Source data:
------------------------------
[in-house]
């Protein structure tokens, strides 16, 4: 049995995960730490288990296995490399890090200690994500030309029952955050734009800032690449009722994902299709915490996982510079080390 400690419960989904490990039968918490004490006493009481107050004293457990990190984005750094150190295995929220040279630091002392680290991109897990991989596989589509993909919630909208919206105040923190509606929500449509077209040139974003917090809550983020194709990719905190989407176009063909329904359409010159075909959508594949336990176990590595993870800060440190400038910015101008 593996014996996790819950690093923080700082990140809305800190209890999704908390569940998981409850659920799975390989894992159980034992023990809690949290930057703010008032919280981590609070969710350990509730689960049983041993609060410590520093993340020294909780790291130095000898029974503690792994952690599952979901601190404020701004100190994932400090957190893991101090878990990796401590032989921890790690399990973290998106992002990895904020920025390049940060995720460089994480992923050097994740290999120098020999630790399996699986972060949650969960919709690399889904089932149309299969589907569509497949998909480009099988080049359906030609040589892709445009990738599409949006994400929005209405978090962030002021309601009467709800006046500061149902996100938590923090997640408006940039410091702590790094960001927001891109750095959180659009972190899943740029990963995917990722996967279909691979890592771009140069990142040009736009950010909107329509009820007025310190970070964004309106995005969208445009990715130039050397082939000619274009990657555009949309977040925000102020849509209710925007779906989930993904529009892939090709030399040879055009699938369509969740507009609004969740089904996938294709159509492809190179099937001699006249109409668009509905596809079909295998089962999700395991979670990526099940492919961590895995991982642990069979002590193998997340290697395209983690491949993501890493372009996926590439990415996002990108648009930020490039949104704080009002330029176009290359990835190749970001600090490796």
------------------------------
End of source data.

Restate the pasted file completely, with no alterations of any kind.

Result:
[in-house]
């Protein structure tokens, strides 16, 4: 049995995960730490288990296995490399890090200690994500030309029952955050734009800032690449009722994902299709915490996982510079080390 400690419960989904490990039968918490004490006493009481107050004293457990990190984005750094150190295995929220040279630091002392680290991109897990991989596989589509993909919630909208919206105040923190509606929500449509077209040139974003917090809550983020194709990719905190989407176009063909329904359409010159075909959508594949336990176990590595993870800060440190400038910015101008 593996014996996790819950690093923080700082990140809305800190209890999704908390569940998981409850659920799975390989894992159980034992023990809690949290930057703010008032919280981590609070969710350990509730689960049983041993609060410590520093993340020294909780790291130095000898029974503690792994952690599952979901601190404020701004100190994932400090957190893991101090878990990796401590032989921890790690399990973290998106992002990895904020920025390049940060995720460089994480992923050097994740290999120098020999630790399996699986972060949650969960919709690399889904089932149309299969589907569509497949998909480009099988080049359906030609040589892709445009990738599409949006994400929005209405978090962030002021309601009467709800006046500061149902996100938590923090997640408006940039410091702590790094960001927001891109750095959180659009972190899943740029990963995917990722996967279909691979890592771009140069990142040009736009950010909107329509009820007025310190970070964004309106995005969208445009990715130039050397082939000619274009990657555009949309977040925000102020849509209710925007779906989930993904529009892939090709030399040879055009699938369509969740507009609004969740089904996938294709159509492809190179099937001699006249109409668009509905596809079909295998089962999700395991979670990526099940492919961590895995991982642990069979002590193998997340290697395209983690491949993501890493372009996926590439990415996002990108648009930020490039949104704080009002330029176009290359990835190749970001600090490796």